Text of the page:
So the Boilers are still in very good shape. There will be a big magnifying glass on Haas, who despite his physical attributes hasn’t always found consistent on-court success. But there have been plenty of flashes of brilliance from the big man. A big step forward in his game would go a long way in easing the blow of losing Swanigan and could keep Purdue as one of the frontrunners for a conference title.

That brings us to the Big Ten race. Ever since Miles Bridges, the conference’s reigning Freshman of the Year, announced he’d be returning to Michigan State for his sophomore season, the Spartans have been the near-unanimous favorite. Only something like Swanigan deciding to stay at Purdue could’ve changed that. And with Swanigan expectedly heading to the NBA, Michigan State remains the preseason pick to win the conference crown.

Like any good year in the Big Ten, though, there will be challengers.

But Michigan State is the popular choice to win it because of Tom Izzo’s insane 2016 recruiting class is returning completely intact: Bridges, Nick Ward, Cassius Winston and Joshua Langford are all back. And Izzo brings in one of the top 2017 recruits in forward Jaren Jackson.

But Sparty isn’t the only one with an impressive returning group. Purdue’s experienced roster has already been covered. Northwestern, a surprise contender in 2016-17, should be even better as Bryant McIntosh, Vic Law and Scottie Lindsey enter their fourth year playing together. Dererk Pardon, a shot-blocking whiz at center, is also back, as is sharp-shooter Aaron Falzon, who sat out the 2016-17 season with an injury after starting during his freshman year in 2015-16.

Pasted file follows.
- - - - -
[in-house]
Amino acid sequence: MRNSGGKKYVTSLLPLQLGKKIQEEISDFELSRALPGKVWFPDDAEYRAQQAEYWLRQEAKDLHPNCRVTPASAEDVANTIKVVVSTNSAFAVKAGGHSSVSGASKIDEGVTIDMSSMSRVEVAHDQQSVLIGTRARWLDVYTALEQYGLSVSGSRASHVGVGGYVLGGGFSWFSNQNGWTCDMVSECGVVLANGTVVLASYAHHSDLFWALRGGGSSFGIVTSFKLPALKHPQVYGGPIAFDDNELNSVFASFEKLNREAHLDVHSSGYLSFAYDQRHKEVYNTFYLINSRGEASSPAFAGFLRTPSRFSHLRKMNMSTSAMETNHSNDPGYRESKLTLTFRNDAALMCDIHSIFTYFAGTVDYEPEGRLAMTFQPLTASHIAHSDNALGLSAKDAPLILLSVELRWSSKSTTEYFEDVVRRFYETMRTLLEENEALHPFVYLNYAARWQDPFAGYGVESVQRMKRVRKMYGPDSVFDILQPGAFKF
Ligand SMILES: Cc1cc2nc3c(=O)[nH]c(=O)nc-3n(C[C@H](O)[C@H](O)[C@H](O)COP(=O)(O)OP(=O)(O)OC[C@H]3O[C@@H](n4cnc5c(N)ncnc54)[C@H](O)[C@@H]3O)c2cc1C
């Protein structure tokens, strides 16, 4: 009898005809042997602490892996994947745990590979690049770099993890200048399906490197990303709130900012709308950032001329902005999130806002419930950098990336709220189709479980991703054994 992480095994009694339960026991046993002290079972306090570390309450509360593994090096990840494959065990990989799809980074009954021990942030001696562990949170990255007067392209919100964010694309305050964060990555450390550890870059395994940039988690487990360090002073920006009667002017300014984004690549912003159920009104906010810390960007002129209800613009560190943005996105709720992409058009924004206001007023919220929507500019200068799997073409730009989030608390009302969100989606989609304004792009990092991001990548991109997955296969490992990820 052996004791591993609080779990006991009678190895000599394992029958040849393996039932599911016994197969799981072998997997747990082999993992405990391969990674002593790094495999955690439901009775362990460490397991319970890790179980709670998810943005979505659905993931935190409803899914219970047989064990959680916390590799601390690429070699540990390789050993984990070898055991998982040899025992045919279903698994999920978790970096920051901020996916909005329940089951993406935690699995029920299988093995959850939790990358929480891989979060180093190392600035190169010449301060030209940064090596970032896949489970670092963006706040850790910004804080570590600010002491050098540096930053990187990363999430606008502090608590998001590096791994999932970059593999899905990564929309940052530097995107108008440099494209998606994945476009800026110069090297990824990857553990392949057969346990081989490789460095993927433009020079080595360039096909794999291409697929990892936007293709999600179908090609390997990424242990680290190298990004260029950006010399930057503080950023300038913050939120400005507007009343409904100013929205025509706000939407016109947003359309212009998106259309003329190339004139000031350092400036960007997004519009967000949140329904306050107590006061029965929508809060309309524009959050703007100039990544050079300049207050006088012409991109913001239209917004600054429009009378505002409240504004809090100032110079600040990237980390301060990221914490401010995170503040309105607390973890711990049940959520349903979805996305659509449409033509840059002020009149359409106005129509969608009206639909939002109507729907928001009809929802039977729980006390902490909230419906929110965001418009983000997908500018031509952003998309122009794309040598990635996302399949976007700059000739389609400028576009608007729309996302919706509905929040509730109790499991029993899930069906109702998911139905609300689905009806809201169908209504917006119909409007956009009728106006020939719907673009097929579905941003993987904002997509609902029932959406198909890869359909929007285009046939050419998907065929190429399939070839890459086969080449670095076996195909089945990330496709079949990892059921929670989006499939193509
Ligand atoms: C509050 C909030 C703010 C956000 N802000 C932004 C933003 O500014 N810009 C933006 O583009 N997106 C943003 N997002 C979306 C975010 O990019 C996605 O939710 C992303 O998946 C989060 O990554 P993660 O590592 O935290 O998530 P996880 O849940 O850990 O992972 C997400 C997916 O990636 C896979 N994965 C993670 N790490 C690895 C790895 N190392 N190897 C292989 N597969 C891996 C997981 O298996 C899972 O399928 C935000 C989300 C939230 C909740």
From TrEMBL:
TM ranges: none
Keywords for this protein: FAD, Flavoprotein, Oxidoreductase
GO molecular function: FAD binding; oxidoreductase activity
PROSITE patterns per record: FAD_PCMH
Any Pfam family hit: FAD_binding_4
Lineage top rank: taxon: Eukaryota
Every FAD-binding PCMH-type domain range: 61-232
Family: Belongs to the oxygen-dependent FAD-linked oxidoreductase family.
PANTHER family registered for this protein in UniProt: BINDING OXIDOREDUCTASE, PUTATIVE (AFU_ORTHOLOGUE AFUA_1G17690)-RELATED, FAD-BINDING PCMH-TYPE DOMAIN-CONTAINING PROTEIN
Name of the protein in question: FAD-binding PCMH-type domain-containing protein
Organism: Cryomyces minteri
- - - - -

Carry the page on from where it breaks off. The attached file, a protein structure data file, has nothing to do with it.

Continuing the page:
There will be big shoes to fill for some perennial contenders like Maryland — which must replace Melo Trimble — and Michigan, which watched eligibility run out on Derrick Walton Jr. and Zak Irvin before D.J. Wilson decided to head to the professional ranks Wednesday. But those teams have plenty of talent returning, too. The Terps will have all three of their fab freshmen — Justin Jackson, Anthony Cowan and Kevin Huerter — back for sophomore seasons, while the Wolverines have Moe Wagner back in the fold alongside Xavier Simpson and Duncan Robinson, among others.

And what of last year’s shocking contender, Minnesota? The Golden Gophers didn’t lose too much this offseason and will return almost every main player from last year’s 24-10 squad: Amir Coffey, Nate Mason, Reggie Lynch, Jordan Murphy, Dupree McBrayer and Eric Curry.

There are up-and-comers to think about, too, such as last year’s freshman-heavy squads at Iowa and Penn State. And could new head coaches Brad Underwood and Archie Miller make instant splashes at Illinois and Indiana, respectively?

If it sounds a little too much like the annual coach speak that “any team can win on any night” in the Big Ten, that’s because there is a good deal of truth to that oft-used phrase.

There are definitely tiers to this thing, though. Even without Swanigan, Purdue is still in one of those upper tiers. But there might be no team besides Michigan State at the very top of the heap, something underscored by Swanigan turning pro.